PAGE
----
(Extrustive) - Can’t see any crystals.
Vesicular
(extrusive) - holes formed from trapped gas.
Phaneritic
Glassy


Aphanitic


Vesicular
Porphyritic
INTRUSIVE:
EXTRUSIVE:

Formed from the deposition of material
Made up of
broken or weathered pieces of rock.
What are some materials that these rocks are formed from?
Pebbles, Sand, Clay, Shells, Dead Plants and Animals, Calcite, Halite, and Gypsum.
Sedimentary Rocks:
Sand
Pebbles
Dead Plants
How do all of these materials create a rock?
Lithification:
this is compaction and cementation of these materials.
Mountain
Ocean
Breccia
Conglomerate
Arkose
Sandstone
Shale
Classifying Sedimentary Rocks:


1.) Clastic -
Made of both rounded and jagged rock fragments.

2.) Chemical -
Made of precipitates or evaporates
(i.e. when bodies of water contain dissolved sediments, minerals fall out
of solution through evaporation or chemical means).

3.) Organic -
Made of once-living things (plants and animals)
.
Composition:
Textures:
1.) Cemented -
means I can see the fragments
(Sand, silt, pebbles, ect. )



2.) Microcrystalline -
Can’t see any fragments



3.) Skeletal -
means I can see the organisms.
(Shells, plants, ect.)
Formative Environment:
1.) Near shore (Beach) -
Formed from Sand, Silt, Clay, Pebbles, and Shells.

EX: Conglomerate, Breccia, Shale, Sandstone, Arkose, Coquina

2.) Off shore (Ocean) -
Formed from precipitates (Calcite Based)
EX: Limestone, Dolomite, Micrite, Chalk

3.) Land -
Formed in caves or from decaying plants or animals
EX: Peat, Lignite, Bituminous Coal. Cave rocks such as travertine.

4.) Lakes and Lagoons -
From evaporation
EX: Rock Salt and Rock Gypsum
Since it is difficult to distinguish which sedimentary rocks have a CHEMICAL COMPOSITION I have provided you with the minerals that have this composition:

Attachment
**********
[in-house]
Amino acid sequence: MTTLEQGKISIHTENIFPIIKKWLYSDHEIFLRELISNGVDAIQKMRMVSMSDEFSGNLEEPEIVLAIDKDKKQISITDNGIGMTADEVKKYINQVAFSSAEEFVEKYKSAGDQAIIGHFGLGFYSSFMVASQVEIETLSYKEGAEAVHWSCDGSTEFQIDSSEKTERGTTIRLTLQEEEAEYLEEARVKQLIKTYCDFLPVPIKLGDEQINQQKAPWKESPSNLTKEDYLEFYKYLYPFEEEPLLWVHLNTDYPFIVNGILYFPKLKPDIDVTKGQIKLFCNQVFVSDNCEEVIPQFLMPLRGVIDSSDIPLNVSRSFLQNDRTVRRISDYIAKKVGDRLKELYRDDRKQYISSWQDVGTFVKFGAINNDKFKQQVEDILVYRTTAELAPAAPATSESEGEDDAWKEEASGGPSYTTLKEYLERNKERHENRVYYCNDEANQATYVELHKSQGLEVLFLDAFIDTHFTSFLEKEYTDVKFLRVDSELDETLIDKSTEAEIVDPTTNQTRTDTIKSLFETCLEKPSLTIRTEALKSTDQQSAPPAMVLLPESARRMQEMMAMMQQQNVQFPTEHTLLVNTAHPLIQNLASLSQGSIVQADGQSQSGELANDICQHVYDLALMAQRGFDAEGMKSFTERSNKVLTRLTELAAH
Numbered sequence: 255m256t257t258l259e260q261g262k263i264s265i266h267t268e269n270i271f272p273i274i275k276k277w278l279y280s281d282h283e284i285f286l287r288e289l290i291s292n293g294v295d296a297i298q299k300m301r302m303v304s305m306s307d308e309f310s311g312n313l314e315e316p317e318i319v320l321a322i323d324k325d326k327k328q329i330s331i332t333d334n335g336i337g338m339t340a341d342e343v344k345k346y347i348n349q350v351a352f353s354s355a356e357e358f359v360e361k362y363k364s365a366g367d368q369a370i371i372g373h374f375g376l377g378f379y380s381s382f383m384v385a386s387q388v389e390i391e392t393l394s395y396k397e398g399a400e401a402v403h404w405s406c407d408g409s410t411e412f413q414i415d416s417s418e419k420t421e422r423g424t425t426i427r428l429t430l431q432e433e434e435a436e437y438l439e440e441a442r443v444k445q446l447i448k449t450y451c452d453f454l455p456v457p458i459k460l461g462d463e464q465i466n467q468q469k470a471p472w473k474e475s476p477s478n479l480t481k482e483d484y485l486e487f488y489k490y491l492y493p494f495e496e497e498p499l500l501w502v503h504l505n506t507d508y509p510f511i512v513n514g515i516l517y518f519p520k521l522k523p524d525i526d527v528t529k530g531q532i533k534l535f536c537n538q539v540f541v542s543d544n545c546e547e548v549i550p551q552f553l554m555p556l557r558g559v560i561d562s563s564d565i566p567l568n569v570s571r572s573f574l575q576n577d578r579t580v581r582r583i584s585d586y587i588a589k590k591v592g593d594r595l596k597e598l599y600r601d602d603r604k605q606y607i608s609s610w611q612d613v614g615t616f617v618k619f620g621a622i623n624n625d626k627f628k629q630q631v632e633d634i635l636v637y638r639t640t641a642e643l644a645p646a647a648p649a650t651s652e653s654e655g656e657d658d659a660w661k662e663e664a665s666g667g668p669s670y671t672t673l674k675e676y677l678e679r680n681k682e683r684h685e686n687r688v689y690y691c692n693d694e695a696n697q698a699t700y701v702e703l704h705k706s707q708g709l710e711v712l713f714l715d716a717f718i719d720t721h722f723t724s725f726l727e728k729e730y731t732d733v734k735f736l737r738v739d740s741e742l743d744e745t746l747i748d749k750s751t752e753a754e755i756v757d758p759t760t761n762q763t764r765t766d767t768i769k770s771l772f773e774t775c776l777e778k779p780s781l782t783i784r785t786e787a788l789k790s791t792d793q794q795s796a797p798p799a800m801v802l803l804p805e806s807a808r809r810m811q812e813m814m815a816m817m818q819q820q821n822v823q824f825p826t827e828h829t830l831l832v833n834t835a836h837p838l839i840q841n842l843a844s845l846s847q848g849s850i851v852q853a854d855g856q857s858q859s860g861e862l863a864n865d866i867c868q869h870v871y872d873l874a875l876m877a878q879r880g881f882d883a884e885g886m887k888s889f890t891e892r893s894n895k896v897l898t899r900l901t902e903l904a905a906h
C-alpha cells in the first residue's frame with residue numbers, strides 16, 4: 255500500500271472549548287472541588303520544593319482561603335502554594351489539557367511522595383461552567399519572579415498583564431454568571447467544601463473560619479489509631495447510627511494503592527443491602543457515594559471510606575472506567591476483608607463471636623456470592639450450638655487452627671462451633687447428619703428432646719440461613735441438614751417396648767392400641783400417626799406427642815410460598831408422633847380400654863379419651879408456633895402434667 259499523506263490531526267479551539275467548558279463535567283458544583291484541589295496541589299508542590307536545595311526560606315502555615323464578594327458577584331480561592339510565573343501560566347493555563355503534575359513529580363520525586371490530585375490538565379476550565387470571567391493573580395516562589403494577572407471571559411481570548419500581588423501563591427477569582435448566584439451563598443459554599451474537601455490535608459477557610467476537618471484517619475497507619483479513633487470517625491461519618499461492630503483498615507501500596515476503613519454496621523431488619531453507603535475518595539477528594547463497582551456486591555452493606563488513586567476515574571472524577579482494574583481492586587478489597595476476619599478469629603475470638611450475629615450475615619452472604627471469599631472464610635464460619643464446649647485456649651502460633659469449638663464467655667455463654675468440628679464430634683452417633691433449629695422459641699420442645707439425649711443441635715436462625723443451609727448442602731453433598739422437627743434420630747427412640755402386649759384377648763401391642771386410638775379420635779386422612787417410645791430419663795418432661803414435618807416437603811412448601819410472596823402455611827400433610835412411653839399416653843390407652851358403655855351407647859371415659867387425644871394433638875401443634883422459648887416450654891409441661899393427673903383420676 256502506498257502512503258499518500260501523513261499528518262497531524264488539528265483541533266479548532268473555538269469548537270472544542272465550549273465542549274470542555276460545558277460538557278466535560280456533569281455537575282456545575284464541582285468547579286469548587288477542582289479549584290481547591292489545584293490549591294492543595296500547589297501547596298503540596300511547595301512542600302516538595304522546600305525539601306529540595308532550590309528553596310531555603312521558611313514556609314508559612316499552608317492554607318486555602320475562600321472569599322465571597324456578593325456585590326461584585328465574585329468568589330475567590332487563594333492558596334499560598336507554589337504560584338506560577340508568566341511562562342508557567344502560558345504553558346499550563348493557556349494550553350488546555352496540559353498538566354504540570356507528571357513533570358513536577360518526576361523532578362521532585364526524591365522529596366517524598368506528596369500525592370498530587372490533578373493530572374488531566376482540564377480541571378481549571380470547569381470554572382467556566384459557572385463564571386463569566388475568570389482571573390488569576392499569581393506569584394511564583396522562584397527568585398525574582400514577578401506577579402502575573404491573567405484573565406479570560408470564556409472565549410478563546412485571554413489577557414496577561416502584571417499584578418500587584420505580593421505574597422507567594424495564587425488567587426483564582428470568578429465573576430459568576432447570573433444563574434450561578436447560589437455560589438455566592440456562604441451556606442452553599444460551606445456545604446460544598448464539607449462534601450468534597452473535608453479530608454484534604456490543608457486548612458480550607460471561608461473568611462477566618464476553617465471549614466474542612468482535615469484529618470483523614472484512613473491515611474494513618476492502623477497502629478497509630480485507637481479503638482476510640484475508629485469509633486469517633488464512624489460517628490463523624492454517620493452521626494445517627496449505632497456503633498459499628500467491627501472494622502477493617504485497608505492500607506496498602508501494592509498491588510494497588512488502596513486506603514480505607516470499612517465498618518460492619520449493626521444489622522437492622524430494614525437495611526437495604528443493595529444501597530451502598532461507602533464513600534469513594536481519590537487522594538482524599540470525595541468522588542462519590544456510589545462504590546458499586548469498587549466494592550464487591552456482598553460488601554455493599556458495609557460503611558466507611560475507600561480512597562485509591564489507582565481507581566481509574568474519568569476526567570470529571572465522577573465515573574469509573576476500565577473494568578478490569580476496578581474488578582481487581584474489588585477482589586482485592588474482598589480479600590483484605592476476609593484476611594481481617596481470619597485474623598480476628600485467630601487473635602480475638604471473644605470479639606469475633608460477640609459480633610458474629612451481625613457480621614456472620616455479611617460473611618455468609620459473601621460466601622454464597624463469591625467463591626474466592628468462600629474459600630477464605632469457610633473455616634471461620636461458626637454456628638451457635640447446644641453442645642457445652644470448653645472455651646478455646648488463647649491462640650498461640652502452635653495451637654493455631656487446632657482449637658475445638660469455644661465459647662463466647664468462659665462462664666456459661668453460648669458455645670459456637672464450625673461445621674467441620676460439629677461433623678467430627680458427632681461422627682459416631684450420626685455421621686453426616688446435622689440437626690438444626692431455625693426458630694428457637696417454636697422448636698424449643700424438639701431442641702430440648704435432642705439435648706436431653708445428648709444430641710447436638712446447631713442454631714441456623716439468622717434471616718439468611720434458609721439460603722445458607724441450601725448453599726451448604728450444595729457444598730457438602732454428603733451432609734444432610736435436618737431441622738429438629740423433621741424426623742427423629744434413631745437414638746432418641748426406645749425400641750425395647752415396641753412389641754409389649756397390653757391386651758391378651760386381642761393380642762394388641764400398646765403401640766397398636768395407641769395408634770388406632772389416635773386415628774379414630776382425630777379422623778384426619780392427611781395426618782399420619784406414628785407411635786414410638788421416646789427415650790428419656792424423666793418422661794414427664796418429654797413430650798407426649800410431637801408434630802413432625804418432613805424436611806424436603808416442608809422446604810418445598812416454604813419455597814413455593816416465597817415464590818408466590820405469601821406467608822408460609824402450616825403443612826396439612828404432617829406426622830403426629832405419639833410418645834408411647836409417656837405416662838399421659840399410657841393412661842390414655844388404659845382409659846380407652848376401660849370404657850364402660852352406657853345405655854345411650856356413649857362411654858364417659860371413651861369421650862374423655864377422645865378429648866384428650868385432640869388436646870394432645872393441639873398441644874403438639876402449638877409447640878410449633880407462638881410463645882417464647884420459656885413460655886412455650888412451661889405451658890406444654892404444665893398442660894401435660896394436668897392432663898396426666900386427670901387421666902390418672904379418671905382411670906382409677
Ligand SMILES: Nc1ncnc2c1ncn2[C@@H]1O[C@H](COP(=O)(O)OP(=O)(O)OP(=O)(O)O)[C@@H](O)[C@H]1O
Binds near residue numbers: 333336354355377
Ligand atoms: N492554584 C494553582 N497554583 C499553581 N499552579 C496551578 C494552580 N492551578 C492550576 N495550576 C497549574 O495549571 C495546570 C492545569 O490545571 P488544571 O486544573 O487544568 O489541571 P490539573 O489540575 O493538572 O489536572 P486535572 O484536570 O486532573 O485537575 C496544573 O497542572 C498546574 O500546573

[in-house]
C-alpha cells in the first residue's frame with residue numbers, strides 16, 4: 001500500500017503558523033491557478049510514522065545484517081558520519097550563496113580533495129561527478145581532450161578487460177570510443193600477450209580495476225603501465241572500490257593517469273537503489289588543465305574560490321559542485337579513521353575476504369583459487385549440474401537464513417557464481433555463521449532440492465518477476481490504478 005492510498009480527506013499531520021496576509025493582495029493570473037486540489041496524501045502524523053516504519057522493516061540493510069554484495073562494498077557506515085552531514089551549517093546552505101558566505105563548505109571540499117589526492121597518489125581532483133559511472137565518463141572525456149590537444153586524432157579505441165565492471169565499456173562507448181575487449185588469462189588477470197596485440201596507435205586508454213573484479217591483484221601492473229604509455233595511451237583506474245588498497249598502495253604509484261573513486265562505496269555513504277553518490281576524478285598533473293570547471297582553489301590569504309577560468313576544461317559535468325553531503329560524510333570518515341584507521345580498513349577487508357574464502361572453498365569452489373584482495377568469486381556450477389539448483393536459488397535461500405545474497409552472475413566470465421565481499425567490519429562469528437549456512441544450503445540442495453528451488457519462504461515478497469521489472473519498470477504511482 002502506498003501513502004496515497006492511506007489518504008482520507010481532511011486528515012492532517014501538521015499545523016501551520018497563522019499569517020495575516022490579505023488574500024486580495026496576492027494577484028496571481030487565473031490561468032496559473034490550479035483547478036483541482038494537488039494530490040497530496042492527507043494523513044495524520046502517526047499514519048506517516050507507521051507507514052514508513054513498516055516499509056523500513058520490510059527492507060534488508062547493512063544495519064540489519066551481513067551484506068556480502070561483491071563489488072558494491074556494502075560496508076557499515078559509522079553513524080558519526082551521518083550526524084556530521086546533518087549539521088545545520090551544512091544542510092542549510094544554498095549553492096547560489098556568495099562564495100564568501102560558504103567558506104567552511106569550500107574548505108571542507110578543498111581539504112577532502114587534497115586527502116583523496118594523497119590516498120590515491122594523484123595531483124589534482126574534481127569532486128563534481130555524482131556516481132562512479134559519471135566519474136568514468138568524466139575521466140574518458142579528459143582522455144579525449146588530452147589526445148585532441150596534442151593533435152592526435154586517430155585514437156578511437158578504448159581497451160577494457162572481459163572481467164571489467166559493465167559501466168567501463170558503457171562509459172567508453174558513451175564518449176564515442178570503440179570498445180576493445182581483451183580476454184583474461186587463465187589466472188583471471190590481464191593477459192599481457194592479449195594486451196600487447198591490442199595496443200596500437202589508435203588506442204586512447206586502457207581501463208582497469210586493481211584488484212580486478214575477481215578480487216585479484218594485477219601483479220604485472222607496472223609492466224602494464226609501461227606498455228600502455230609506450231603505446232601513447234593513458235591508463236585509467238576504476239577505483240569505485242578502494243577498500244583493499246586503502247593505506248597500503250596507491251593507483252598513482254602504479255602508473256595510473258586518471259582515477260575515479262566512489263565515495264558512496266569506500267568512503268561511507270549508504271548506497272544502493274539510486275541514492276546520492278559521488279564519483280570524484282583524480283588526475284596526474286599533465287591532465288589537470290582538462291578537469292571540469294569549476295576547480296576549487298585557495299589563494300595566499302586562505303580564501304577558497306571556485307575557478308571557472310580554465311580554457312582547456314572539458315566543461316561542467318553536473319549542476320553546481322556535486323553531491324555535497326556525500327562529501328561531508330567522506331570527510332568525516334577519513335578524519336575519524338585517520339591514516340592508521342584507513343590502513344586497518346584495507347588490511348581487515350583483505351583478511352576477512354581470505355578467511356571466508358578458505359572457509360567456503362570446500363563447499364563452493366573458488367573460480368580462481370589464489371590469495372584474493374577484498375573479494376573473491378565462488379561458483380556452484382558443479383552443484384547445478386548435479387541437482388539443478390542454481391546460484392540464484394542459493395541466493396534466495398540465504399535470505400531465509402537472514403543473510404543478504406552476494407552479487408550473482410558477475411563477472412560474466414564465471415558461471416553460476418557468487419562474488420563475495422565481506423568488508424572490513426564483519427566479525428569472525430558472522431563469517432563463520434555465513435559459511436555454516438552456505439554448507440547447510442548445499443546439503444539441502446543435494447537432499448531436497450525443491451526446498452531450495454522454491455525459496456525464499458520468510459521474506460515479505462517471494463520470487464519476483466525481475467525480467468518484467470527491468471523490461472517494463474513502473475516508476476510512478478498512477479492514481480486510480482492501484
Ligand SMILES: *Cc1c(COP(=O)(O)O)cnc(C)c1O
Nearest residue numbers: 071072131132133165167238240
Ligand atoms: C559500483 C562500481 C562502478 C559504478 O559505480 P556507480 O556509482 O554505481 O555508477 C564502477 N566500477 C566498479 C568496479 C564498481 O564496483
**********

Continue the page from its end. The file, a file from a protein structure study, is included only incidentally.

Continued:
Crystalline Limestone
Rock Gypsum
Have fun and Good Luck!
What does
metamorphosis
mean??
Change!!
Definition:
Rock that has been

CHANGED by heat and pressure.
(not melted)
Granite
Gneiss
The minerals formed into stripes!
Where can you get enough heat and pressure to metamorphose a pre-existing rock?
Dynamic
Metamorphism
Thermal
Metamorphism
Two types of Metamorphism:

Dynamic:
When the entire region experiences a crunch/squeezing pressure (mountain building) due to tectonic or regional compression.
Friction builds creating heat and pressure which re-crystallizes the existing rock.

Thermal:
When buried rocks come in contact with magma and high heat, the rock ‘bakes’ and re-crystallizes.
It does NOT melt. If it melted and then crystallized it would be considered what type of rock?
Two types of metamorphic rock:

Foliated:
Mineral grains have been
flattened into parallel bands or stripes.



Non-Foliated:
No visible banding or stripes.
Where am I going to find a foliated and non-foliated rock?
Remember!
Dynamic Region =

crunching/squeezing
Results in a:

FOLIATED rock

Thermal Region =
High heat!
Results in a:
NON-FOLIATED rock
Information for your lab:
Parent Rocks:
Olivine forms...
Limestone forms...
Sandstone forms...
Biotuminous coal forms...
Shale forms...

Granite forms...
Epidote
Marble
Quartzite
Anthracite Coal
Slate
Phyllite
Gneiss
Schist
Melting
Pegmatitic
Higher/further from ocean = larger, more jagged particles
Closer to ocean, more rounded smaller particles
Why are the sediments smaller and rounder closer to the ocean?
Remember: Sedimentary rocks are formed from weathering and erosion.
Once the rock is broken down (weathered)
It can be transported/moved easier by wind or water (erosion)
Will be deposited down hill.
Once it it there is becomes buried by other sediments.
*A rock with a cemented texture will always be clastic!
Full transcript